On Friday, September 25th, the UN released its new plan for global development through 2030: the sustainable development goals (SDGs).[i] This plan replaces the millennium development goal (MDG) plan that expires at the end of 2015, and offers a new 17-point agenda focused on social equality, infrastructure, technology, and environmental conservation.[ii] Of note to medical anthropologists, global health workers, and other scholars in social medicine is the continued focus on health and well being as the third item amidst the seventeen goals. The SDG plan champions health “for all at all ages,” although it proposes no specific goals for improving elder care despite the language stressing health across ages. Maternal and reproductive health, substance abuse, traffic deaths, and universal health care coverage are key issues addressed in the SDGs.
Proponents of the new SDGs, like the World Bank, argue that the plan’s emphasis on both developed and developing countries creates a shared impetus for bolstering food security, education, and access to quality health care; likewise, it suggests that these issues are global ones that cross national borders, and do not exist at the state level alone.[iii] Others criticize the SDGs as too ambitious, arguing that global authorities already struggle to aid migrants and peoples in crisis[iv], stating that the goals are too broad and thus not focused enough to produce observable change[v], and highlighting the irony of combating climate change while promising electricity for all by 2030.[vi]
Anthropologists have long held an interest in international development as a site of cross-cultural exchange, a relic of colonialism, and as a paternalistic model of societal shepherding of developing nations by the wealthy West and Global North.[vii] Amongst development anthropologists, the sustainable development goals will certainly generate new questions about the connectedness of social inequities with health, autonomy, and human rights in the contemporary age. The goals will similarly continue to attract the interest of scholars studying biomedicine and global health in diverse cultural settings.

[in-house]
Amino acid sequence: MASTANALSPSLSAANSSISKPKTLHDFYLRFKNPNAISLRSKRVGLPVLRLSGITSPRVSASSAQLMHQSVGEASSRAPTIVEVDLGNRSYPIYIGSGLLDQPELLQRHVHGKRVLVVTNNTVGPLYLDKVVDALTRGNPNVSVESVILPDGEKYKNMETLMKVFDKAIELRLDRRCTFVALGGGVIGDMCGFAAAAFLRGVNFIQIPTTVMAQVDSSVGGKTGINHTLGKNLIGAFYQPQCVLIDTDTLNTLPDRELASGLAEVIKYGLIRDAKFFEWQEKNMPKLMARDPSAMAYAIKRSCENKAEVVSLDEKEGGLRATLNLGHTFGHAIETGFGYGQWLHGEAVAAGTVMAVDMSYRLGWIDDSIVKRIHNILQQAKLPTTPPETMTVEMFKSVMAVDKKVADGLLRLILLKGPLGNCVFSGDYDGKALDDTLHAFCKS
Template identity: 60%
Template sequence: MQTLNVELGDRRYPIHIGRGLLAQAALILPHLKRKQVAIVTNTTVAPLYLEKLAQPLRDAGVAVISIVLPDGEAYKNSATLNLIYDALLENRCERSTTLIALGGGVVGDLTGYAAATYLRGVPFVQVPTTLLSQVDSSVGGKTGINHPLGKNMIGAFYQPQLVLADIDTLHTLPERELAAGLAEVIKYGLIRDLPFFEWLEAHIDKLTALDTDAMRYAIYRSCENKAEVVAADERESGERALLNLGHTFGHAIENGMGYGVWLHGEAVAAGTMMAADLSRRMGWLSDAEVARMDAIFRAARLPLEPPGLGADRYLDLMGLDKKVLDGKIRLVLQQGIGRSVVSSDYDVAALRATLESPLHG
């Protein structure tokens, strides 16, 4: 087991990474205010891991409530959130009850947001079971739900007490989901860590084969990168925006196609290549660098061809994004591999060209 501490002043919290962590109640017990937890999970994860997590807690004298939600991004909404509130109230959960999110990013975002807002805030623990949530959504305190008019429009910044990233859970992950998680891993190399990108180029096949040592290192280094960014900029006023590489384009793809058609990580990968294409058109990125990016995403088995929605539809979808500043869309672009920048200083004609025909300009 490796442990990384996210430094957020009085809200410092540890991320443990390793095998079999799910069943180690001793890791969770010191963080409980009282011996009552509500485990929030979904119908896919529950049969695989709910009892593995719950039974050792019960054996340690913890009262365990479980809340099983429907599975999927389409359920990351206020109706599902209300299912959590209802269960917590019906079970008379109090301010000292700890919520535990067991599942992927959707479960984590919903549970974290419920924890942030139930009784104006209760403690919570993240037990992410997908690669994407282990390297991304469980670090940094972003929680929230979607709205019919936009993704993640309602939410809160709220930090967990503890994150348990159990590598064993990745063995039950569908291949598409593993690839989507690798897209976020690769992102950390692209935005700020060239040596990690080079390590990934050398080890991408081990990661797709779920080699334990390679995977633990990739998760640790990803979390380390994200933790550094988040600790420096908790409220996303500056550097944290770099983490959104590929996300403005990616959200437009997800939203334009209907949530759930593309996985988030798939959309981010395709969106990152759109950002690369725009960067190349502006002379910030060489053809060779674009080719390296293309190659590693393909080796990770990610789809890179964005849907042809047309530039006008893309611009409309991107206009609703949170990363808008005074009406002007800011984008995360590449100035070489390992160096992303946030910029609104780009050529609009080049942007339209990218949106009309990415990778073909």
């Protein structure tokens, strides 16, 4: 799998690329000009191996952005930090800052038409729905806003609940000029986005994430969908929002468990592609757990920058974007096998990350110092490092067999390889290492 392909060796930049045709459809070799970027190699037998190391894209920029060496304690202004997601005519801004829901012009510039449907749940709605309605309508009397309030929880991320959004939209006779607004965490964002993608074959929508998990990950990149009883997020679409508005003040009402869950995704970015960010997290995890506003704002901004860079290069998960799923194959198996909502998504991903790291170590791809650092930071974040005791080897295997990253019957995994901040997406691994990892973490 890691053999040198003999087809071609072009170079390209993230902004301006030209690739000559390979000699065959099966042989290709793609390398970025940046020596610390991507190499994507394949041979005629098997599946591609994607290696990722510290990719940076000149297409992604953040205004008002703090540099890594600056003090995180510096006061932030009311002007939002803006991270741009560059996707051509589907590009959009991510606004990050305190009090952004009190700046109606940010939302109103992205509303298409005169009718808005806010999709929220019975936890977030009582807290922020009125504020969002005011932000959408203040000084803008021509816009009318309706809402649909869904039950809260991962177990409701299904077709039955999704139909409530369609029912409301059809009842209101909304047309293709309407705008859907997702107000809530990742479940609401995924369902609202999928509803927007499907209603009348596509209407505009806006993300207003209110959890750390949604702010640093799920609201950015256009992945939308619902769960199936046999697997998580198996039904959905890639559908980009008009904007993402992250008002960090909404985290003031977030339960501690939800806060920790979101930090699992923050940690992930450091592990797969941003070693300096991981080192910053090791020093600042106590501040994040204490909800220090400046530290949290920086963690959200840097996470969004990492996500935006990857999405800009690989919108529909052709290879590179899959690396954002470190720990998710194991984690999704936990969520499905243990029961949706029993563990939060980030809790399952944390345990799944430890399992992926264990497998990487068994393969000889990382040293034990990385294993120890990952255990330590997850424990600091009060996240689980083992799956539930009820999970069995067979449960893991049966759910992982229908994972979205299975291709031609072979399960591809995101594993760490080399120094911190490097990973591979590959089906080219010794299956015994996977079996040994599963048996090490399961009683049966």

In addition, the SDGs will no doubt capture the attention of anthropologists in science and technology studies (STS) with the plan’s robust emphasis on technologies, energy, infrastructure, and the environment. This sharpened focus on the connection between social order, science, and technology attests to the applicability of STS approaches to the study of development.
The SDGs arrive at a time of increased concern over social justice and equity on the transnational scale, particularly in the face of the Syrian refugee crisis[viii] and given wide income gaps that impact people in the United States, Chile, Greece, Mexico, and Turkey alike.[ix] Anthropologists are ideally situated to explore the impact of development goals across cultures, and to question how and why these goals may face considerable challenges as they are translated into action, law, and practice at the local level.